This image, released on Sept. 6, shows a laser beam shooting up from the European Southern Observatory’s Paranal Observatory in Chile. The laser beam is used as a guide for the observatory's adaptive-optics system, which compensates for unsteadiness in the atmosphere to produce sharper astronomical images. (Y. Beletsky / ESO) Back to slideshow navigation
  16. Thar she blows!

    A solid rocket motor that could be used on future NASA launch vehicles is tested Aug. 31 at ATK Aerospace Systems' test site in Promontory, Utah. The rocket motor burned for just over two minutes during the successful static test, producing about 3.6 million pounds of thrust. (ATK) Back to slideshow navigation
  17. The road ahead

    NASA's Opportunity rover looks across a series of sand ripples and bedrock outcrops toward the rim of Endeavour Crater on the horizon on Sept. 6. Opportunity has just crossed the halfway mark in its trip from Victoria Crater to Endeavour. The rover headed out from Victoria in September 2008. (NASA / JPL-Caltech) Back to slideshow navigation
  18. Saturn and its children

    Four of Saturn's moons join the planet for a well-balanced portrait, released by the Cassini orbiter's imaging team on Sept. 10. Saturn's largest moon, Titan, is at lower left. Tethys is at upper right. Two much smaller moons, Pandora and Epimetheus, are barely visible near the rings. (NASA/JPL/Space Science Institute) Back to slideshow navigation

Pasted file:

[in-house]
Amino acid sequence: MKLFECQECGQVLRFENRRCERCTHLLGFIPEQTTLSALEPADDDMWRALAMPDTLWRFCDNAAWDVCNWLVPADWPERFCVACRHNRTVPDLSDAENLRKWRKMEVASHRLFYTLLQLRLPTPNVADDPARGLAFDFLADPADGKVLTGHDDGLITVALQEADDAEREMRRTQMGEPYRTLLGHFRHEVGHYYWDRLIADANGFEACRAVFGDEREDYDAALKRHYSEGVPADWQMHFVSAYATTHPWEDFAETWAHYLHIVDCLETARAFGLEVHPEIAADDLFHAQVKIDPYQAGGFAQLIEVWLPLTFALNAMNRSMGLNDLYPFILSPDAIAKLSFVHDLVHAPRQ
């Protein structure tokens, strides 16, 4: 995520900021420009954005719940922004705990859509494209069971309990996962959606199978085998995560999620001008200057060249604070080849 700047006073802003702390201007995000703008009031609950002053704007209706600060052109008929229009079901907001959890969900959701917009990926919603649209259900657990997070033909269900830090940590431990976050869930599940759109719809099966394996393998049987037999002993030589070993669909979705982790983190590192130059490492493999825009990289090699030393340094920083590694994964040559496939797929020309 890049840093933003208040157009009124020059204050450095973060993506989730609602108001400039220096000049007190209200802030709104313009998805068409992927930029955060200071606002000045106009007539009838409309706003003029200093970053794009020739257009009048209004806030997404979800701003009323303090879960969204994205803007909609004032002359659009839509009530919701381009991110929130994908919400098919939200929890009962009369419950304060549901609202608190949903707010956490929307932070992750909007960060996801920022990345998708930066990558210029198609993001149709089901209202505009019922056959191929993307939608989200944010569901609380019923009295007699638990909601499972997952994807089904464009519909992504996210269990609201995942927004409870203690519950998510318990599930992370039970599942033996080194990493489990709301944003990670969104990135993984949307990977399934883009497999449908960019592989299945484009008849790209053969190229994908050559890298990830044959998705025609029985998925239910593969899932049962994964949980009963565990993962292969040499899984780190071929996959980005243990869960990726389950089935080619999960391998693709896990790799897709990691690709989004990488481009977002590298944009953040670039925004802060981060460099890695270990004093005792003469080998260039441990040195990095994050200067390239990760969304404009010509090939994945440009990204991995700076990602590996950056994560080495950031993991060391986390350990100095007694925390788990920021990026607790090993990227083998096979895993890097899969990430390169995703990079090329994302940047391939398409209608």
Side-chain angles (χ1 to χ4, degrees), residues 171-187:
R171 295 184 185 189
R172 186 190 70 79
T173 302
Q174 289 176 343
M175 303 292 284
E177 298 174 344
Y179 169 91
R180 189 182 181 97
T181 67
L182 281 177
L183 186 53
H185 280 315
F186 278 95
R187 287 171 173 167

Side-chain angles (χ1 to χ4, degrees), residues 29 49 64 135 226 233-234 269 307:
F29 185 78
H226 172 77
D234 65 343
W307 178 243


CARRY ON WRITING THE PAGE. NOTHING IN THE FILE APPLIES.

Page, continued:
19. Moon and Earthglow

    A crescent moon is just about to set below Earth's glowing horizon in a picture taken Sept. 4 from the International Space Station. The glow is sunlight scattered by Earth's atmosphere. (NASA via Reuters) Back to slideshow navigation
  20. Twilight of the shuttle

    Photographers gather early on the morning of Sept. 21 to take pictures of the space shuttle Discovery, just after its arrival at the launch pad. Discovery is scheduled to embark on the shuttle fleet's penultimate mission on Nov. 1. The final shuttle flight, involving Endeavour, is set for launch in February - although there's a chance that one additional mission will be flown. (Scott Audette / Reuters) Back to slideshow navigation